A new study published in the Canadian Medical Association Journal reveals that food insecurity in northern Canada skyrocketed after a policy change under the former Conservative government of Stephen Harper.
Under the Harper program Nutrition North, those who did have not enough money to cover basic food costs rose from 33.1% in 2010 to 46.8% in 2014.
Opposition parties and Indigenous groups heavily criticized Nutrition North at the time for changing the supply delivery system in regions like Nunavut, where this study’s data was largely drawn. The Harper government eliminated the Food Mail Program, under which shipments were delivered on planes operated by Canada Post. Food Mail subsidized a wide variety of foods and non-food necessities, such as laundry detergent, feminine hygiene products, skidoo and ATV repair parts and other consumer items.
According to one of the study’s two authors, Andrée-Anne Fafard St-Germain of the Department of Nutritional Sciences at the University of Toronto, “This change wasn’t meant to help people.”
Fafard St-Germain said that she went through all of the available data from government publications, and it became clear that the switch from Food Mail to Nutrition North worked as a major cost-cutting measure. Given the growing costs of Food Mail as a result of population growth and the rising cost of fuel, she said that there is little doubt that the priority of Nutrition North was reduce government costs instead of ensuring families received nutritious foods.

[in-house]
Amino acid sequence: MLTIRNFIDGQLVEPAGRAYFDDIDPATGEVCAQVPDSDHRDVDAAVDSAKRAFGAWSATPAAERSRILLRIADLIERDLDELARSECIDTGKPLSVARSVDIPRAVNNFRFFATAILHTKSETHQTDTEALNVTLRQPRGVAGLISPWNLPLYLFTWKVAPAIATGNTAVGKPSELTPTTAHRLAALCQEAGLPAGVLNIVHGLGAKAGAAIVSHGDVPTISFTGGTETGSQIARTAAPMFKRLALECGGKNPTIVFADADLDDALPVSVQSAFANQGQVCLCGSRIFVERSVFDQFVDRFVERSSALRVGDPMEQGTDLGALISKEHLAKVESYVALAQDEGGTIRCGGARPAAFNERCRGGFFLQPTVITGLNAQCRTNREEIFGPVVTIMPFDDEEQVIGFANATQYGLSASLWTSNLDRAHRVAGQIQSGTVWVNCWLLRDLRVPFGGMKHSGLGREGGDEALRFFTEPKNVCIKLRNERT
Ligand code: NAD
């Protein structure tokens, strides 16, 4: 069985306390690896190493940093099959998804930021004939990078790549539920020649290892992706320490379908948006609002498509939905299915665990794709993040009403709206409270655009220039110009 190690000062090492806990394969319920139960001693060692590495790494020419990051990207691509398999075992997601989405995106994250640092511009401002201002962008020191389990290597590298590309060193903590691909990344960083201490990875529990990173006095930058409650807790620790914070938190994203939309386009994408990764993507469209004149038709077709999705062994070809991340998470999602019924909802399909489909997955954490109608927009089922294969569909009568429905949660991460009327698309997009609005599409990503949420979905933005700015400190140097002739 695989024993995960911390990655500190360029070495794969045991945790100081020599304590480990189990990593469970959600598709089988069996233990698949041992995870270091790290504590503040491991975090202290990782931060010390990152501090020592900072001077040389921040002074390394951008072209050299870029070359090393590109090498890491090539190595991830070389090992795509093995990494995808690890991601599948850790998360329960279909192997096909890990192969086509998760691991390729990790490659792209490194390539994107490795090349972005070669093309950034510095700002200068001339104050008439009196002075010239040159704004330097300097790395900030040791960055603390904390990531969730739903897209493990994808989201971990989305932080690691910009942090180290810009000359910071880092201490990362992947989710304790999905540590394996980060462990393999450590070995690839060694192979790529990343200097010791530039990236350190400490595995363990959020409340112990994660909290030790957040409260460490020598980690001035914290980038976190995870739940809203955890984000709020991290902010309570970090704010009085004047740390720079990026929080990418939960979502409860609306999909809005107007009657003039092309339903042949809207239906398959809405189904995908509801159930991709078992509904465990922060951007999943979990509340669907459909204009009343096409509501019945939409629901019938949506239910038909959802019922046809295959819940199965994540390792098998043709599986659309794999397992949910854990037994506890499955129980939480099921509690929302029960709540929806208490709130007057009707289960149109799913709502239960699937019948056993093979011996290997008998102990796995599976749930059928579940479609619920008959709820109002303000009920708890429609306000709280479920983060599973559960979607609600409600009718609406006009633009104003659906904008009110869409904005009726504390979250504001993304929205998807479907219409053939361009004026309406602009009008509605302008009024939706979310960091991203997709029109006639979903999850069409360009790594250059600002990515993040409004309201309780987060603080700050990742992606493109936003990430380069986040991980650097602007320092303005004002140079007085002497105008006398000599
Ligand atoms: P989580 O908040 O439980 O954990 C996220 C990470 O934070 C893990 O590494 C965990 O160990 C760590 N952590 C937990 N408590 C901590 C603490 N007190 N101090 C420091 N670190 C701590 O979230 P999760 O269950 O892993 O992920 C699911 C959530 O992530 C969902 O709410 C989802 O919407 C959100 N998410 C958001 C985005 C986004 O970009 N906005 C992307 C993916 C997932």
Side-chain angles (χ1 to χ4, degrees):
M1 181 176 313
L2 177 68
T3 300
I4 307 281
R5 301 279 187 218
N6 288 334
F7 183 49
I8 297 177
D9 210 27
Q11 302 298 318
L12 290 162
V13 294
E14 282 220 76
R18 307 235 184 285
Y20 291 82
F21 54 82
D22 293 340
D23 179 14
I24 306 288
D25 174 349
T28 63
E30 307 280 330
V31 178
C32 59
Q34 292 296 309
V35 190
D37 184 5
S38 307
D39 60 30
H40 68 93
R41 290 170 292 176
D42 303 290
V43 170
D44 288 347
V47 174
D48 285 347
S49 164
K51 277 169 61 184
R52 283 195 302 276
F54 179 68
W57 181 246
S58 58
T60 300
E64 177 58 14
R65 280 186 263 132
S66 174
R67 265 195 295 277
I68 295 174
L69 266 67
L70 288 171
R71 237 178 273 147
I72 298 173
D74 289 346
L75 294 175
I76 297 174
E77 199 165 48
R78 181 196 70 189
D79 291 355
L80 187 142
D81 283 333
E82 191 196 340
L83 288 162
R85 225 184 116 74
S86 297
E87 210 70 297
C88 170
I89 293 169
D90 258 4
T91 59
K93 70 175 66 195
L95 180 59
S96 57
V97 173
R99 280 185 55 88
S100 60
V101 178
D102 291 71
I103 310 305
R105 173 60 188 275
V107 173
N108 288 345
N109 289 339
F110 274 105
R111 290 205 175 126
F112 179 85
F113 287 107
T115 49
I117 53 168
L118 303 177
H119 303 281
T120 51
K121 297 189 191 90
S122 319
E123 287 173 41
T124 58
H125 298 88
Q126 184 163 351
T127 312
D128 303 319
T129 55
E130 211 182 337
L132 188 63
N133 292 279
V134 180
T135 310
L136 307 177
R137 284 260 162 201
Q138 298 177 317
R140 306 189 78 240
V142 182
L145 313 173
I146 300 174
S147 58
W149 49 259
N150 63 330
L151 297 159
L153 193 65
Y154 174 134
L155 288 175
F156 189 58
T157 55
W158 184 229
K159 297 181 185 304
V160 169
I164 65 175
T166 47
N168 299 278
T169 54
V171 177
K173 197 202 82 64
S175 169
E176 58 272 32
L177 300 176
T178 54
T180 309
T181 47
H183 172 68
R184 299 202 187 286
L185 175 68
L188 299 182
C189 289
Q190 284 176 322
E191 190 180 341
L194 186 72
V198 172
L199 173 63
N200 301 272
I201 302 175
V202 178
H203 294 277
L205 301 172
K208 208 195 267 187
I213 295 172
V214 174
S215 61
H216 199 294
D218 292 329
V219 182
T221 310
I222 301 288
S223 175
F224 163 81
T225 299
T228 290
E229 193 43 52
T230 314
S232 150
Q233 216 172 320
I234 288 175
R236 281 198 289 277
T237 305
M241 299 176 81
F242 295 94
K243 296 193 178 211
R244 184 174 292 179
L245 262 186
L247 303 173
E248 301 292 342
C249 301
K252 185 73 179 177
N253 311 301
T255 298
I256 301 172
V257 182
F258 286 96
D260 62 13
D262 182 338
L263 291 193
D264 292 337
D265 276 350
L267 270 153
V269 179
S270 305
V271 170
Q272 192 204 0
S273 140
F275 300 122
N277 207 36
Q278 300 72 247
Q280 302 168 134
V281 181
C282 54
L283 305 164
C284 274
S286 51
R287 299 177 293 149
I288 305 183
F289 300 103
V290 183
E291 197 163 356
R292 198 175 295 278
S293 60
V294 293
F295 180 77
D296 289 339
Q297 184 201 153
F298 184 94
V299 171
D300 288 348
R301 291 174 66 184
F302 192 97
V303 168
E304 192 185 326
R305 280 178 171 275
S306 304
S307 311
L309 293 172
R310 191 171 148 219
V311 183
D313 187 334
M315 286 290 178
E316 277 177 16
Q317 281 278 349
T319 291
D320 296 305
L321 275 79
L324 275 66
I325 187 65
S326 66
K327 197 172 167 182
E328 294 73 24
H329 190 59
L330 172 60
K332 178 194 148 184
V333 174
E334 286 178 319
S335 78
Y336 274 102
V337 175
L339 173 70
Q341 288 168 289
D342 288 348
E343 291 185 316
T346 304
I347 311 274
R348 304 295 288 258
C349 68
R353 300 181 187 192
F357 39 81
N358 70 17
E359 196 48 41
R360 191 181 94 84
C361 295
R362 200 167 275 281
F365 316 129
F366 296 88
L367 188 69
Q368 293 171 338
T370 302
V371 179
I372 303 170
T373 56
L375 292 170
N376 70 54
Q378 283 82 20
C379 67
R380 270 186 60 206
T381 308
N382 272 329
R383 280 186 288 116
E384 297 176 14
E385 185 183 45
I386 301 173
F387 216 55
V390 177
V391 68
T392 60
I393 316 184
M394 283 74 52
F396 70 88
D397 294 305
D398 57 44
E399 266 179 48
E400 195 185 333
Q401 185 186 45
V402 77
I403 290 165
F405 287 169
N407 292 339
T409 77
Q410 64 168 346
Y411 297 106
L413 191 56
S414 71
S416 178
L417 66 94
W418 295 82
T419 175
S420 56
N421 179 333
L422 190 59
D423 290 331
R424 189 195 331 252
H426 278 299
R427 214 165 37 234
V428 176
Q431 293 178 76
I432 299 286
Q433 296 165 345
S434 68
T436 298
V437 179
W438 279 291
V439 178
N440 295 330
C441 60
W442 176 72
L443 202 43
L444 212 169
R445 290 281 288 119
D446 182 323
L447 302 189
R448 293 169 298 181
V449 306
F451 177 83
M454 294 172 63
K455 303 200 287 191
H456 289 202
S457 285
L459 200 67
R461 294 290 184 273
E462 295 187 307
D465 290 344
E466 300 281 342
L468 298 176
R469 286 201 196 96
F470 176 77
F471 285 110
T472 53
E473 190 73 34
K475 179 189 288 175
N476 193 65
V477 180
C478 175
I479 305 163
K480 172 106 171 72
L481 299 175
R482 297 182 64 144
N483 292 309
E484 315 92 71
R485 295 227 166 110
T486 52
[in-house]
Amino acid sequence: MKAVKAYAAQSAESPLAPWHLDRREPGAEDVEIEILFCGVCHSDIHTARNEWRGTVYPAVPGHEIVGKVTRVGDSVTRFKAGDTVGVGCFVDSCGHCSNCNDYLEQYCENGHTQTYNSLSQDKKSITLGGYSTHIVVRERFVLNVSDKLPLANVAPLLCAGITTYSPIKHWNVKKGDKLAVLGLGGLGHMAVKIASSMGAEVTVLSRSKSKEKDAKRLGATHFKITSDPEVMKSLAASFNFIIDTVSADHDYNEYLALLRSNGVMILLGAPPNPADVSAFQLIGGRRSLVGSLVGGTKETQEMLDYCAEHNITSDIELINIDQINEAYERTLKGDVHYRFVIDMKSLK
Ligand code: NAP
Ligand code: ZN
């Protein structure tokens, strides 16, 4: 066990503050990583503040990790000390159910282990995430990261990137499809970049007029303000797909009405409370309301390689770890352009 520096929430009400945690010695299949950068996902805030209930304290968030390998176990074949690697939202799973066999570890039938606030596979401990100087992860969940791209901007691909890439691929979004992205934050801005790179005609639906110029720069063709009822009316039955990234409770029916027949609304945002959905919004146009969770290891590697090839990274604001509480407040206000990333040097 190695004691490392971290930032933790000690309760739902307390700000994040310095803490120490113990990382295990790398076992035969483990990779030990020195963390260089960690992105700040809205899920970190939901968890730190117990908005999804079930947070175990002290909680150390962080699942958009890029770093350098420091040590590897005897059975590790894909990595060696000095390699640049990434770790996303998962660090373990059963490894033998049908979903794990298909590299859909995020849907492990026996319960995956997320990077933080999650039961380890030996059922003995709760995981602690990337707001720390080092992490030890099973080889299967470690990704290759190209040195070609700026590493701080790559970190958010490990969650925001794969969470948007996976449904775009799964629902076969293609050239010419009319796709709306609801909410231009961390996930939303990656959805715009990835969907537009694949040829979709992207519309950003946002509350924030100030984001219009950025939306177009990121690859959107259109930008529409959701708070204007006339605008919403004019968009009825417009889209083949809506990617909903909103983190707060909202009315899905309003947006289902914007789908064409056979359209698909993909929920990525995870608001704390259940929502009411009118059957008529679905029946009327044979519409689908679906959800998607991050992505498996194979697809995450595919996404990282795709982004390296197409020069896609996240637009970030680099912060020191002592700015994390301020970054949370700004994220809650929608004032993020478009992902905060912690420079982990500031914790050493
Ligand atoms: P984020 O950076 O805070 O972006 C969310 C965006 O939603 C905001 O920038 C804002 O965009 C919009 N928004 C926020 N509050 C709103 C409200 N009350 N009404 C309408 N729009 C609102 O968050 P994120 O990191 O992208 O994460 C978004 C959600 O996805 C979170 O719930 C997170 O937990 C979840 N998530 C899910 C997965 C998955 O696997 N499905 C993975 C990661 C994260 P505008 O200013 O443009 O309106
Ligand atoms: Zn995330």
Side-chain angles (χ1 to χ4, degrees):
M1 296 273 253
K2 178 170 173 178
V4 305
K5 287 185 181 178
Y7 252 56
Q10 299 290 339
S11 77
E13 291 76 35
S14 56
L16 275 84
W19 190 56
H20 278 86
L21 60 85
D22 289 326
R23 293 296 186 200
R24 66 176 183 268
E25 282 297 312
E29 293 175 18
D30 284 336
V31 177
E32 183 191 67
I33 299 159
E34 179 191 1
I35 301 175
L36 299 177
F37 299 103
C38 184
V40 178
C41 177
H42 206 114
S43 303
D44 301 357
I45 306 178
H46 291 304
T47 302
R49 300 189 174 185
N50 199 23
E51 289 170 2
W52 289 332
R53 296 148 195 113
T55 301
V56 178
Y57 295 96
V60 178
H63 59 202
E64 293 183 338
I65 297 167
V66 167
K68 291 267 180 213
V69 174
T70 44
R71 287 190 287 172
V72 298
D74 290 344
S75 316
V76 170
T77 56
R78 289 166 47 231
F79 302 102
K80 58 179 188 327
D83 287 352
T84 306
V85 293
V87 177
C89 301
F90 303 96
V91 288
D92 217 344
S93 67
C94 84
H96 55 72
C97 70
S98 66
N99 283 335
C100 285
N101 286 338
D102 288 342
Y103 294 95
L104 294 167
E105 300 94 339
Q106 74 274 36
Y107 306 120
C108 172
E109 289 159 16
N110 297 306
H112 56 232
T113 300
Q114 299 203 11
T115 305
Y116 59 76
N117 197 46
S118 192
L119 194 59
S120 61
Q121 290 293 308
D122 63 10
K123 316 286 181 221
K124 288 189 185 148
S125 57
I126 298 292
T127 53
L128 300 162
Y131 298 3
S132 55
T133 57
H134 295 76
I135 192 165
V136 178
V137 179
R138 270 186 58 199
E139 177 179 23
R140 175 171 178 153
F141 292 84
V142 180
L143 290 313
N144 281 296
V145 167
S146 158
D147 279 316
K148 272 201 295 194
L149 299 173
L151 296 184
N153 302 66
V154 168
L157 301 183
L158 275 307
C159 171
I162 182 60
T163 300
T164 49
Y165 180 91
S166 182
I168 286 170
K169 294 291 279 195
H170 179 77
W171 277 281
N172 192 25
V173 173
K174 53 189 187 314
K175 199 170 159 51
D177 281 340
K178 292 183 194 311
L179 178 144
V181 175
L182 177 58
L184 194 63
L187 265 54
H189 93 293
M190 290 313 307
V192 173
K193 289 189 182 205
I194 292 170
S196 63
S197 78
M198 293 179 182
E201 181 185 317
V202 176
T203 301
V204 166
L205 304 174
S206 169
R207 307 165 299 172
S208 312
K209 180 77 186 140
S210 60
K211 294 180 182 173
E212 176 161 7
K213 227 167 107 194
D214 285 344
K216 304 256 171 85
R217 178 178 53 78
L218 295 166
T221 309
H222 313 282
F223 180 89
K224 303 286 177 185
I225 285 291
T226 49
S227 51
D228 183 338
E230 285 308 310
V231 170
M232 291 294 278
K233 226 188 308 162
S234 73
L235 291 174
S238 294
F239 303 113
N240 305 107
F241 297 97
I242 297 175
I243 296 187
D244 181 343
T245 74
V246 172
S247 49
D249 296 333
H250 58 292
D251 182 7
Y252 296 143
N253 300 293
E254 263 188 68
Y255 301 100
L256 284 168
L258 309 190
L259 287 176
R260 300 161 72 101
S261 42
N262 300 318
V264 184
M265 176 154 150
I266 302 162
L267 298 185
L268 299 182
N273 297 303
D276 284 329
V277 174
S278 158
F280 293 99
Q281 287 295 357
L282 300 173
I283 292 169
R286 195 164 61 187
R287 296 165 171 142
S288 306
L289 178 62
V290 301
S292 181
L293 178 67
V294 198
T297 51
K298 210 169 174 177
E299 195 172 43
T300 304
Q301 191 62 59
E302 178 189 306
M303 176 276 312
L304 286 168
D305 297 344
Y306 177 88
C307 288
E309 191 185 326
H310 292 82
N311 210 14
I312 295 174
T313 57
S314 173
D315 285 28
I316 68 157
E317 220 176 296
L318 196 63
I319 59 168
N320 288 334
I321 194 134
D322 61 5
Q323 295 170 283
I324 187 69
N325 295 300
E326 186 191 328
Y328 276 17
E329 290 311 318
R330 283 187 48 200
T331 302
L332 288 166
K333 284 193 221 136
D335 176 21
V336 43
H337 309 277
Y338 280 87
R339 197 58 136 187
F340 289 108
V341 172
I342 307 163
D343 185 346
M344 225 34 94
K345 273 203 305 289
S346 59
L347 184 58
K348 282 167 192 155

The Conservatives claimed that retailers would be more effective at food distribution though there was no evidence or oversight to ensure it.
The Auditor General of Canada castigated Nutrition North in 2013 for not collecting data or ensuring that savings had indeed been passed on to consumers.
Though the most expensive foods have seen some cost reduction over the past eight years, Fafard St-Germain said staple items such flour, laundry detergent, hygiene products and hunting and fishing related gear became far more expensive. That meant that vital traditional foods could become out of reach for some.
The Kashechewan rash outbreak among children in 2016 was initially blamed on the community’s water supply. But after sending physicians into the community, the source of the problem was identified as “poverty and overcrowding.” In Kashechewan, a bottle of detergent at the time cost almost $37.
“When we look at people, they don’t just consume food, there are a lot of other things to meet their basic needs,” said Fafard St-Germain.
In response to the study, Jane Deeks, a spokesperson for the Ministry of Crown-Indigenous Relations, said that the Liberal government had committed $64.5 million over five years to Nutrition North starting in the 2016-2017 fiscal year and that the lists of what could be subsidized had been expanded.
Deeks added that an Inuit-Crown Food Security working group was created to focus on food security and to “rebuild trust” as new programs to address these issues are rolled out.